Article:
Radiation Exposure Among Cath Lab Staff

Study Questions:

What is the impact of an accessory lead shield on radiation exposure among staff members during cardiac catheterization?

Methods:

The investigators prospectively collected real-time radiation exposure data among nurses and technologists during 764 consecutive catheterizations. The study had two phases: in phase I (n = 401), standard radiation protection measures were used, and in phase II (n = 363), standard radiation protection measures were combined with an accessory lead shield placed between the staff member and patient. Radiation exposure was reported as the effective dose normalized to dose-area product (EDAP). Multivariate linear regression modeling with backward selection was performed to identify procedural variables independently associated with log of EDAP.

Results:

Use of an accessory lead shield in phase II was associated with a 62.5% lower EDAP per case among technologists (phase I: 2.4 [4.3] µSv/[mGy x cm2] x 10-5; phase II: 0.9 [2.8] µSv/[mGy x cm2] x 10-5; p < 0.001) and a 63.6% lower EDAP per case among nurses (phase I: 1.1 [3.1] µSv/[mGy x cm2] x 10-5; phase II: 0.4 [1.8] µSv/[mGy x cm2] x 10-5; p < 0.001). By multivariate analysis, accessory shielding remained independently associated with a lower EDAP among both technologists (34.2% reduction; 95% confidence interval, 20.1-45.8%; p < 0.001) and nurses (36.4% reduction; 95% confidence interval, 19.7-49.6%; p < 0.001).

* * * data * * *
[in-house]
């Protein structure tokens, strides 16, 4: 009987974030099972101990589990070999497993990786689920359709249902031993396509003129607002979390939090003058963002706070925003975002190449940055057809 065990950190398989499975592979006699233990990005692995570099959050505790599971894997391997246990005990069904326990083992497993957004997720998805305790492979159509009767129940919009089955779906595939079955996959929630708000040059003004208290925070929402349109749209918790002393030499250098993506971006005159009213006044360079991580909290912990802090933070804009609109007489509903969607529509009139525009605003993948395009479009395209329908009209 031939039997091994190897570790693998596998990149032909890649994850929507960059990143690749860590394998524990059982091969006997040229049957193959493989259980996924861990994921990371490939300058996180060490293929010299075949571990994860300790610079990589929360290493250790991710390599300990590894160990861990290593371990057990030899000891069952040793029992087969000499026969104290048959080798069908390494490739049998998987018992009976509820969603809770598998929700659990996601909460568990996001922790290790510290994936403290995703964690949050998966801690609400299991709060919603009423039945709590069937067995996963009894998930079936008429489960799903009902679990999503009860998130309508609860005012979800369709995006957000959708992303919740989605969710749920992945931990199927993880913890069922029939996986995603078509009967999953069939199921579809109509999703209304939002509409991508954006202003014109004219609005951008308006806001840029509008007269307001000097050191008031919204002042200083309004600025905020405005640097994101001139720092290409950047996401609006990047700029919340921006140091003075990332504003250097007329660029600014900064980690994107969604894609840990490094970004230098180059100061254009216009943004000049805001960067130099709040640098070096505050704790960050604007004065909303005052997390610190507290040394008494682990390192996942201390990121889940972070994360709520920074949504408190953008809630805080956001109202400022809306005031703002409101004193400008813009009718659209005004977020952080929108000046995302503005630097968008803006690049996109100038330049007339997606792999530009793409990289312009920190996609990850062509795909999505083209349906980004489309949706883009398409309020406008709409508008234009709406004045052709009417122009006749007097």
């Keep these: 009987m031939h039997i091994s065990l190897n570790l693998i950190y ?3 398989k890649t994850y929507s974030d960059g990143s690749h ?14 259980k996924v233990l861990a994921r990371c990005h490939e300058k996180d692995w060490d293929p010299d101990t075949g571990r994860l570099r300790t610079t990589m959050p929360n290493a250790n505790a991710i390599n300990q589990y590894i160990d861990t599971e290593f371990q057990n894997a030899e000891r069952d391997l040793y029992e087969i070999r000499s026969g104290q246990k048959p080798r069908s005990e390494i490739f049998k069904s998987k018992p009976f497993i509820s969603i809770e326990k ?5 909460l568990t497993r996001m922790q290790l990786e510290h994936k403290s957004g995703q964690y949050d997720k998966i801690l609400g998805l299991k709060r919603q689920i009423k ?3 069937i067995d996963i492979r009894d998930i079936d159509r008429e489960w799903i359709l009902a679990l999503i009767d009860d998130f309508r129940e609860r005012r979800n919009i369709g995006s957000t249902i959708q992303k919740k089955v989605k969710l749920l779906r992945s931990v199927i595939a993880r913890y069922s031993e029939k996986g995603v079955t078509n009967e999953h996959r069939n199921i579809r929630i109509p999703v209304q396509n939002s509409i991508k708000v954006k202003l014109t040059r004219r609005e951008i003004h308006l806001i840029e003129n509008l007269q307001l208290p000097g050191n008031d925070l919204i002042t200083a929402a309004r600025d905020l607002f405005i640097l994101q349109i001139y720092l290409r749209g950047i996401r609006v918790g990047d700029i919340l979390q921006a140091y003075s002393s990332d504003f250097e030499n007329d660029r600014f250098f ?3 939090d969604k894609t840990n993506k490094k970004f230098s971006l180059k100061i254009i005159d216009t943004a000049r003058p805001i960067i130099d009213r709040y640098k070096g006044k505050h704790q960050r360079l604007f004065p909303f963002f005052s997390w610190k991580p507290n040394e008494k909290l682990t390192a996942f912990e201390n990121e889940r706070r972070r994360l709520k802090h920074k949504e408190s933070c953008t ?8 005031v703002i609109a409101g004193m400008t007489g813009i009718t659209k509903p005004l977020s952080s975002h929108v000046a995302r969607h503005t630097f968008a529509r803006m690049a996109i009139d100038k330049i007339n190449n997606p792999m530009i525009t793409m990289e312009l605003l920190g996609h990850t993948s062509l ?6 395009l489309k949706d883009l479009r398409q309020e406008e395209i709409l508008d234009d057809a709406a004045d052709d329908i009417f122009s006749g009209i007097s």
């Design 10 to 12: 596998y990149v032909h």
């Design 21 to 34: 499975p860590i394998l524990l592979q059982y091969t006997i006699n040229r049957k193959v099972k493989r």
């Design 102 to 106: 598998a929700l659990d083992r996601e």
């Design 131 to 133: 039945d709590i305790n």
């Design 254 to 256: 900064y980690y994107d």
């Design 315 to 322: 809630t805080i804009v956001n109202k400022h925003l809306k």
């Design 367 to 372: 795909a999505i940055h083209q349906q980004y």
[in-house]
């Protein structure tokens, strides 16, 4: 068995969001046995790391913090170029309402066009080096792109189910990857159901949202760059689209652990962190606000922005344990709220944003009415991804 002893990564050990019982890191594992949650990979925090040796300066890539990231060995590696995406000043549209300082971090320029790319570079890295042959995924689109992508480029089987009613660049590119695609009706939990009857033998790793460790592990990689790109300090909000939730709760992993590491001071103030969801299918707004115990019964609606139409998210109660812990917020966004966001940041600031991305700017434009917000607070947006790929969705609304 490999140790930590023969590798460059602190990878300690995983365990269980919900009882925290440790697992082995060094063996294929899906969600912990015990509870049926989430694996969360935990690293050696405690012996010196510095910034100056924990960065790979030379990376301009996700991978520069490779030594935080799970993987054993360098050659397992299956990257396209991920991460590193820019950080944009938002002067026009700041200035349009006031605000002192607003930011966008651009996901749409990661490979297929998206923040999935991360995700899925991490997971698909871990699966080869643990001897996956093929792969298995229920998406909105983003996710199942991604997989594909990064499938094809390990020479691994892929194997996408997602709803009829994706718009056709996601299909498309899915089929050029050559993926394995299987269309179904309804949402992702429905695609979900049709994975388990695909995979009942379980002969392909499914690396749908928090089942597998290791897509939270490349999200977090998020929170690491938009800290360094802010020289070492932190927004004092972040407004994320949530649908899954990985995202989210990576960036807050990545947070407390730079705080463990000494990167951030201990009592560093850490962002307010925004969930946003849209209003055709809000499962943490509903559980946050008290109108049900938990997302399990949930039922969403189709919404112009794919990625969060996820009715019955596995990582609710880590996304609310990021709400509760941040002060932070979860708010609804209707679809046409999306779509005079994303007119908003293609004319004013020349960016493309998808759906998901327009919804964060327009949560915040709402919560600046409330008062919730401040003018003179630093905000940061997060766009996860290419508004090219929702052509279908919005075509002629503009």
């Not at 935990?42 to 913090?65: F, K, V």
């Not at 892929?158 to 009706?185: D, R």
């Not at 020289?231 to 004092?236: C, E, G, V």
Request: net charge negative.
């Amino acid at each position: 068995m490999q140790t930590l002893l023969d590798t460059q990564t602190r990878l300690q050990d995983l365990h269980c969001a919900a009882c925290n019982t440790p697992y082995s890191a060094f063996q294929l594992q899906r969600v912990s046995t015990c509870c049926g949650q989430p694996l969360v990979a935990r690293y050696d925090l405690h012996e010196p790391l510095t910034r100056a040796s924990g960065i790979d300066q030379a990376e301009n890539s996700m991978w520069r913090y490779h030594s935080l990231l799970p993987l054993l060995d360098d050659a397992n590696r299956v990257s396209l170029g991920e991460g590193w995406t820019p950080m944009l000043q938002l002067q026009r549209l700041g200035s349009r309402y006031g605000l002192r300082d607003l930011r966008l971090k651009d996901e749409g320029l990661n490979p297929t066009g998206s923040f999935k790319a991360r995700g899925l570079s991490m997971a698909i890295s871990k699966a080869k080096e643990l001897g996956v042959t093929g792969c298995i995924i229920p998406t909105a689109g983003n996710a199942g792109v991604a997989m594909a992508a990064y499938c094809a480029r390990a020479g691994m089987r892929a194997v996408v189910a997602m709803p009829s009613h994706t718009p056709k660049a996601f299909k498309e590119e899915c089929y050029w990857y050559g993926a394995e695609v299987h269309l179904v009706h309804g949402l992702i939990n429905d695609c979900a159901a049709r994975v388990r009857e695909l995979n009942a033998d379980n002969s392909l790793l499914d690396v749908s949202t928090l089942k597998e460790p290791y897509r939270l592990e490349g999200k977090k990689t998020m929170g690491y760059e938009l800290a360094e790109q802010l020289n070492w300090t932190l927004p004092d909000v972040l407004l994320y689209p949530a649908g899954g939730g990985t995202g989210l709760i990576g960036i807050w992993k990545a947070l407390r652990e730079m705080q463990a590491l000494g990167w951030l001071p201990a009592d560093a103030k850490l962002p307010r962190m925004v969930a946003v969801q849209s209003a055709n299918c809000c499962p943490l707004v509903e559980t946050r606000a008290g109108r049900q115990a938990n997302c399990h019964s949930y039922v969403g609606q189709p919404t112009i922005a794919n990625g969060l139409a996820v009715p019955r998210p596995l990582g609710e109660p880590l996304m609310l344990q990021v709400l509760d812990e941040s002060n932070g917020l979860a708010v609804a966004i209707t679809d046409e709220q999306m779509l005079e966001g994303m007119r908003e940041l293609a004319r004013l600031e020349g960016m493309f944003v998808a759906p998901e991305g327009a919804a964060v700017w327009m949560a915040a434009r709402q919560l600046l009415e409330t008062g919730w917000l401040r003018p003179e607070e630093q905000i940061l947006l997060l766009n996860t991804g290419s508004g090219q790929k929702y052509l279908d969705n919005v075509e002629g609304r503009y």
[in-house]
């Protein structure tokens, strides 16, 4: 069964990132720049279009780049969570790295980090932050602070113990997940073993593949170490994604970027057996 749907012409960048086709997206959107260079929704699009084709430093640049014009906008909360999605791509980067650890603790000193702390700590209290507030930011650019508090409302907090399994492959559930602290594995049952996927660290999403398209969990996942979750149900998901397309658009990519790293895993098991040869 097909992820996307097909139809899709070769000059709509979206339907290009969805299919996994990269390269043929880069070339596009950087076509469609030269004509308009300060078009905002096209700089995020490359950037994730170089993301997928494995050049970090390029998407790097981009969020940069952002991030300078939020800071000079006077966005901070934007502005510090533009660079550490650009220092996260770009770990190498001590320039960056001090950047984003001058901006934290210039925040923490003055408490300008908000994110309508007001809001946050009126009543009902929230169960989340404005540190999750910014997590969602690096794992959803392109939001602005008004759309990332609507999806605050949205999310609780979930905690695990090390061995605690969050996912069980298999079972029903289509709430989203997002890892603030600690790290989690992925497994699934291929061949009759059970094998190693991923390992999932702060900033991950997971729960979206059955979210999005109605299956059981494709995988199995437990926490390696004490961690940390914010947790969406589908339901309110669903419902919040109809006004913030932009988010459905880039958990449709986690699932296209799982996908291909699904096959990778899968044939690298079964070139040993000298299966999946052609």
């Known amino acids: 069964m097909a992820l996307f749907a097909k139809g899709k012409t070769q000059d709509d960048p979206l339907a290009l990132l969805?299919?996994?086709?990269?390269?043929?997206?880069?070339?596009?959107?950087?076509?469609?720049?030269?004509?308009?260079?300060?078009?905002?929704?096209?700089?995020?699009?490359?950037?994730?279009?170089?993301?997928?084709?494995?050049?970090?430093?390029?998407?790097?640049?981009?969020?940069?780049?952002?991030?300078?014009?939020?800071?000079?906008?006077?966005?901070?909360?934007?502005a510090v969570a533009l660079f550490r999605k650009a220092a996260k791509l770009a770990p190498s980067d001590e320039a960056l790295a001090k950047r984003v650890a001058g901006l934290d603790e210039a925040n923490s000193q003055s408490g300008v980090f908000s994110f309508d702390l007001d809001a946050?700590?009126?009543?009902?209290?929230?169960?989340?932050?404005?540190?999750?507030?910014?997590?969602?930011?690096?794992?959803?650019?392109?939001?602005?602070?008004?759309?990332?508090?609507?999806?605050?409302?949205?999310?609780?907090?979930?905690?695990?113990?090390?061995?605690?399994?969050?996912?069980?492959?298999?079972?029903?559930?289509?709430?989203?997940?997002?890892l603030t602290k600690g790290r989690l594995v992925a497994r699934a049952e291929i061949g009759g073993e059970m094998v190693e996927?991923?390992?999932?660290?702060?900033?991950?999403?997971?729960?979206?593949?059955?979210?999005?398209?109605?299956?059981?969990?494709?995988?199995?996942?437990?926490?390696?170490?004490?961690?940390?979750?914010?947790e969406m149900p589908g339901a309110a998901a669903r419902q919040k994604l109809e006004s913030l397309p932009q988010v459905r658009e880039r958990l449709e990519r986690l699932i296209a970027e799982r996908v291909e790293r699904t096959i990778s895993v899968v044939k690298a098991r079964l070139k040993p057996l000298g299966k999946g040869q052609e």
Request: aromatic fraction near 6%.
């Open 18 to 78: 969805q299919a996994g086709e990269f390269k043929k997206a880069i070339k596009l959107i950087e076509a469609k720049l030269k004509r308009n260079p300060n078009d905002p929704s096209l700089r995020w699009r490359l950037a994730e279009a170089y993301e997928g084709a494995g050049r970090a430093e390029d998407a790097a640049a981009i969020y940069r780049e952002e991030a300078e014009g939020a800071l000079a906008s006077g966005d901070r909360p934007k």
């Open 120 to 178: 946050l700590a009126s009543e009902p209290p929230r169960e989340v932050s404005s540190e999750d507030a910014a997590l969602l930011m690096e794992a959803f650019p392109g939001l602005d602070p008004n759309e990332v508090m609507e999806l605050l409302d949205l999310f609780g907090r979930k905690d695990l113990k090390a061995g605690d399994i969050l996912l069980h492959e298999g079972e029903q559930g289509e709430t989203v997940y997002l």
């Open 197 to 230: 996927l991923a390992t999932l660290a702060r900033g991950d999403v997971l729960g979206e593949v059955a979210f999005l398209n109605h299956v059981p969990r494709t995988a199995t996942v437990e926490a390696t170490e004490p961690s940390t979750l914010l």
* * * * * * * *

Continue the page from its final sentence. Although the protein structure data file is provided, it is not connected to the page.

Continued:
Conclusions:

The authors concluded that a relatively simple approach of using accessory lead shields was associated with a nearly two-thirds reduction in radiation exposure among nurses and technologists.

Perspective:

This study reports that a simple and relatively inexpensive approach of providing staff members with a dedicated accessory lead shield during cardiac catheterization was associated with a nearly two-thirds reduction in radiation exposure among both nurses and technologists. Since, unlike physicians, who typically control the amount of radiation administered during a case, nurses and technologists may have no control over radiation use, use of accessory shields may have important implications for occupational safety in the cardiac catheterization or interventional radiology laboratory.


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